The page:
Alchemy After Heartbreak poem by J.V. Sumpter She showed you how putting things together can make them what they’re not. You touched the warm, porous edge of lead fast becoming gold and felt your own unvalued soul turn heavy, loveable. But she left, and now you’re mixing up your elements, haven’t spoken right since you tried to drink fire. Took a lantern of earth to climb the cliffs by night


because you needed air to drown. You want to see the moon flash, a dime dropped, wished-on, or lost, to the glittering black tile of the sky’s dark pool, but no matter what you do, the moon is just the moon, and the girl you love replaced you.


FloreSer by Juan Sebastián Cassiani . 38 PAGE

For Couples Considering Divorce poem by J.V. Sumpter Just outside Las Vegas, NV, Ginnungagap Hotel advertises its indoor watercourse to precariously married couples

Take one week off from jobs and kids, and come to Ginnungagap Hotel’s dark atrium. ~ ~ ~ And once inside, be careful please. Stop, here the floor ends one step down. Stay on the pier. ~ ~ ~ Stay back, or your shoes might be stung by the water’s rasped puppy-tongue.

The crash of water, loud, and faint war drums invades your ears, its pressure physical as thumbs. ~ ~ ~ It bounces off the balconies that ring this inner room, nine stories tall, and sing ~ ~ ~ of windowless things, like marriage when it’s young – a song which you sing now with half a lung.


But hush. And hear. Your separate boats are now whispering toward you with rising prow. ~ ~ ~ They’re coming from Ginnungagap’s canal, a labyrinthine course that never shall ~ ~ ~ stop shifting, its tunnels ever-strange, its carpeted islands prone to rearrange.

The floating ropes of lights that bob into the black end short; the teeth of the water-track, ~ ~ ~ they will not follow you down its gaping throat. You’ll go alone – each one in a boat. ~ ~ ~ And on these waters you will wage your war like Vikings bent on blood revenge. Or,

for seven days you could choose to ignore your spouse’s boat, and instead explore ~ ~ ~ the rapids of your private, hidden sores, those musty loops of useless corridors. ~ ~ ~ You’re free to hide in wait, of course, but doing so won’t save you from divorce.


The week elapsed, each boat will turn to shore, and, drowned or injured, you will be restored. ~ ~ ~ What happens next is up to you; dismiss. We hope it helped to borrow our abyss ~ ~ ~ and fight until all feuds break down, collapsing into nothingness. previously published by The New Welsh Review


Dreame by Tee Ferguson . 42 PAGE

Nai He Bridge prose by Sophie Choong

Nai He Bridge is where souls go after they die, Wai Po says, to drink the pond scum and shrivelled tea leaves that lead them to the next life. The bridge is guarded by Meng Po, the goddess of forgetfulness. Wai Po tells me Meng Po is an old lady like her, with gnarled tree knots for eyes and yellow-river pupils, a festering wound splitting her face down the middle in some close approximation of a smile. Meng is the name of a Confucian philosopher. Po is for milky moon irises and faces wrinkled as tofu skins, shaky hands and respect hammered into children’s bones, the same as ‘don’t pee in your bed’ or ‘finish the food you’re given.’ Po is what all bodies become once they run dry. To some people, to the women at the hair salons and the men at the bars, Po also means hands around the neck of a girl already dead. A pretty girl, healthy girl, girl who needs a slap on the wrist, girl who went down the wrong path, girl who was meant for greatness once. Greatness, her name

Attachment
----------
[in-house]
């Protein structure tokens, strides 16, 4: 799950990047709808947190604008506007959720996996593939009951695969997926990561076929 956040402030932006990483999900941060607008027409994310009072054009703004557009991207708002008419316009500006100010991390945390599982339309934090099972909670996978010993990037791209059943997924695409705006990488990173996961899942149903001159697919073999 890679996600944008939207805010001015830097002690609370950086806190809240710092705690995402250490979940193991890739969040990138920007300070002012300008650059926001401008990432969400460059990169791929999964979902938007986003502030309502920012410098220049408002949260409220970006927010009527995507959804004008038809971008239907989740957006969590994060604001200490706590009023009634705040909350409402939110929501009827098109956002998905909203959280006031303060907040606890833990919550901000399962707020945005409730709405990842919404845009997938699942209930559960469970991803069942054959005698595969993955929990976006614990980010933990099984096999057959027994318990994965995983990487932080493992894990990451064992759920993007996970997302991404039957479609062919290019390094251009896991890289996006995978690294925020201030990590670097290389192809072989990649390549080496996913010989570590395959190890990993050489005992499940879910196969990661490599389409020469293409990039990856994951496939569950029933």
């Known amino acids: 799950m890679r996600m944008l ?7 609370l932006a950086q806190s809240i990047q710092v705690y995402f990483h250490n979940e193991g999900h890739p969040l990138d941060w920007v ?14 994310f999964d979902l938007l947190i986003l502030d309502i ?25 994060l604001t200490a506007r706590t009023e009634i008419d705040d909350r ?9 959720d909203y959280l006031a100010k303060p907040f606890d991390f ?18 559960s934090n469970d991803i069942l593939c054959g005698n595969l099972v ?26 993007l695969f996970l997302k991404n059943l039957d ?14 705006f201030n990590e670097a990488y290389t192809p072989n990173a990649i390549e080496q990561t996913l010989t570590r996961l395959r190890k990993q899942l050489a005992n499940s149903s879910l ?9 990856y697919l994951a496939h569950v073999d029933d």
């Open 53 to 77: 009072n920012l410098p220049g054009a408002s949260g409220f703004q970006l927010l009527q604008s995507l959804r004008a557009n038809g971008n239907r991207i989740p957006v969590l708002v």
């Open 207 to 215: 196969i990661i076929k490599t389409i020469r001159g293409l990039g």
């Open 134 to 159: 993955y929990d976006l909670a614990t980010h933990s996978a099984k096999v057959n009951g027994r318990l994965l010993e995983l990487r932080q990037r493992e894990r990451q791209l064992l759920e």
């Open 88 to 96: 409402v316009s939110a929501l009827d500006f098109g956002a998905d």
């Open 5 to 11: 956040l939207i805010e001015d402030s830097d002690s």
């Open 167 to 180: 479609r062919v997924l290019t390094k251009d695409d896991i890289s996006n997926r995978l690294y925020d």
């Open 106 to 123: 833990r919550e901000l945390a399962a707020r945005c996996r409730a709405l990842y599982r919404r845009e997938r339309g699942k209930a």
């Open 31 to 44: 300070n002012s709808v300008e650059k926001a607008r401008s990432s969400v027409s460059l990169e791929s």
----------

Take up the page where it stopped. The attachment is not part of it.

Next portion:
among the stars, her laughter airy, hair streaming out behind her like a battle flag. Po is for a girl who cuts off her locks with a butcher’s knife, a girl with another’s tongue down her throat. Po is for a girl who runs dry long before her time. When I am eight, Wai Po shows me a picture of my new biao mei, my aunt’s daughter. Biao mei’s eyes are wide open, pupils spinning faster than a dim sum platter. She looks like a lobster, like she’s been burned raw and stripped to redness. Wai Po has her feet folded on the table. They’re tan and liver-spotted. They remind me of the sultanas sold at the hawker stall near our house, so I look away. She says biao mei’s ears look like mine. I don’t know about that. I can’t see her ears much anyway. They could be sunflower seeds for all I know. Call them oysters, banana slugs, sleeping pills. Doesn’t matter as long as they work. I ask Wai Po why she cares so much. She says sometimes banana slugs are all that’s left of you after you’re gone; all to remind the universe you existed, once.


(Except Meng Po, of course. Meng Po never forgets.) Wai Po’s feet are callused, a thin layer of leathery skin stretched over crooked toes. I tell her I’ll remember what her feet look like, at least. The smack of her hand brands a five-fingered silhouette into the meat of my cheek. The searing mark is the same angry red as a lobster shell. In a Chinese family, the best thing you can do is show xiao shun, filial piety. Xiao shun is a Confucian value. Xiao shun means Meng Po will treat you well. Xiao shun means you will never drown when you get to Nai He Bridge, that the river will never open its gaping maw and swallow you whole. That you will forget everything, soon enough. By the time I’m thirteen I no longer care about filial piety. By the time I’m thirteen I learn that the smell of cigarette smoke burrows into bones, into cartilage, into ribcages, slices them into strips. Guts a knifeblade through all that is holy. And then some. By the time I’m thirteen the ground is crumbling beneath my feet. Wai Po tells me I lack xiao shun, that I’m rude to waiters and trip